There is another reason for avoiding fiat paper currency issued by all governments and for returning instead to a commodity money produced on the private market (for example, gold). For once a money is established, whatever supply of money exists does the full amount of the “monetary work” needed in the economy. Other things being equal, an increase in the supply of steel, or copper, or TV sets is a net benefit to society: it increases the production of goods and services to the consumers. But an increase in the supply of money does no such thing. Since the usefulness of money comes from exchanging it rather than consuming it or using it up in production, an increased supply will simply lower its purchasing power; it will dilute the effectiveness of any one unit of money. An increase in the supply of dollars will merely reduce the purchasing power of each dollar, that is, will cause what is now called “inflation.” If money is a scarce market commodity, such as gold, increasing its supply is a costly process and therefore the world will not be subjected to sudden inflationary additions to its supply. But fiat paper money is virtually costless: it costs nothing for the government to turn on the printing press and to add rapidly to the money supply and hence to ruinous inflation. Give government, as the Friedmanites would do, the total and absolute power over the supply of fiat paper and of bank deposits—the supply of money—and we put into the hands of government a standing and mighty temptation to use this power and inflate money and prices.

Given the inherent tendency of government to inflate the money supply when it has the chance, the absence of a gold standard and “fixed exchange rates” also means the loss of balance-of-payments discipline, one of the few checks that governments have faced in their eternal propensity to inflate the money supply. In such a system, the outflow of gold abroad puts the monetary authorities on increased warning that they must stop inflating so as not to keep losing gold. Abandon a world money and adopt fluctuating fiat moneys, and the balance-of-payments limitation will be gone; governments will have only the depreciating of their currencies as a limit on their inflationary actions. But since export firms and inefficient domestic firms tend actually to favor depreciating currencies, this check is apt to be a flimsy one indeed.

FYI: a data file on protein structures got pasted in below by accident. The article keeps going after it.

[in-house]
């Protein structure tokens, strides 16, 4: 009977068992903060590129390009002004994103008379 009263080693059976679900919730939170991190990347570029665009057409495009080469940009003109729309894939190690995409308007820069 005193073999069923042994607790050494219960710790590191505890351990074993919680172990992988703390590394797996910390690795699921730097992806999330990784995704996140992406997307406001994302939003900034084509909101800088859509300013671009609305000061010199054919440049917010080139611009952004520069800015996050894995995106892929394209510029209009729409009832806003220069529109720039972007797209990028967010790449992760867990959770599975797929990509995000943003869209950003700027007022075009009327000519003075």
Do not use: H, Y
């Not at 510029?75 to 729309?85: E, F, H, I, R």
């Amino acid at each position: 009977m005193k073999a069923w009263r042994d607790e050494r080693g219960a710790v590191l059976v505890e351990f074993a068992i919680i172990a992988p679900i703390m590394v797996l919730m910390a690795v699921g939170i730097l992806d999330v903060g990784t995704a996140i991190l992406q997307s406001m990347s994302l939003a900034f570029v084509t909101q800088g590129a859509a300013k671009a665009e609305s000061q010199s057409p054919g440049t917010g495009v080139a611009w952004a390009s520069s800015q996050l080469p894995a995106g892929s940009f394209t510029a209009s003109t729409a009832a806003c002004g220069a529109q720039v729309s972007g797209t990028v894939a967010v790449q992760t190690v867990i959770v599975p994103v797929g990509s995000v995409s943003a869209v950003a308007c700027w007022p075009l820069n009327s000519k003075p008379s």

Thus, in his critique of the concept of fluctuating exchange rates, Professor Heilperin writes:

The real trouble with the advocates of indefinitely flexible exchange rates is that they fail to take into sufficient consideration the causes of balance-of-payments disequilibrium. Now these, unlike Pallas Athene from Zeus’ head, never spring “fully armed” from a particular economic situation. They have their causes, the most basic of which [are] internal inflations or major changes in world markets.

“Fundamental disequilibria” as they are called … can and do happen. Often however, they can be avoided: if and when an incipient inflation is brought under control; if and when adjustments to external change are effectively and early made. Now nothing encourages the early adoption of internal correctives more than an outflow of reserves under conditions of fixed parities, always provided, of course, that the country’s monetary authorities are “internationally minded” and do their best to keep external equilibrium by all internal means at their disposal.4

Heilperin adds that the desire to pursue national monetary and fiscal policies without regard to the balance of payments is “one of the widespread and yet very fallacious aspirations of certain governments … and of altogether too many learned economists, aspirations to ‘do as one pleases’ without suffering any adverse consequences.” He concludes that the result of a fluctuating exchange rate system can only be “chaos,” a chaos that “would lead inevitably … to a widespread readoption of exchange controls, the worst conceivable form of monetary organization.”5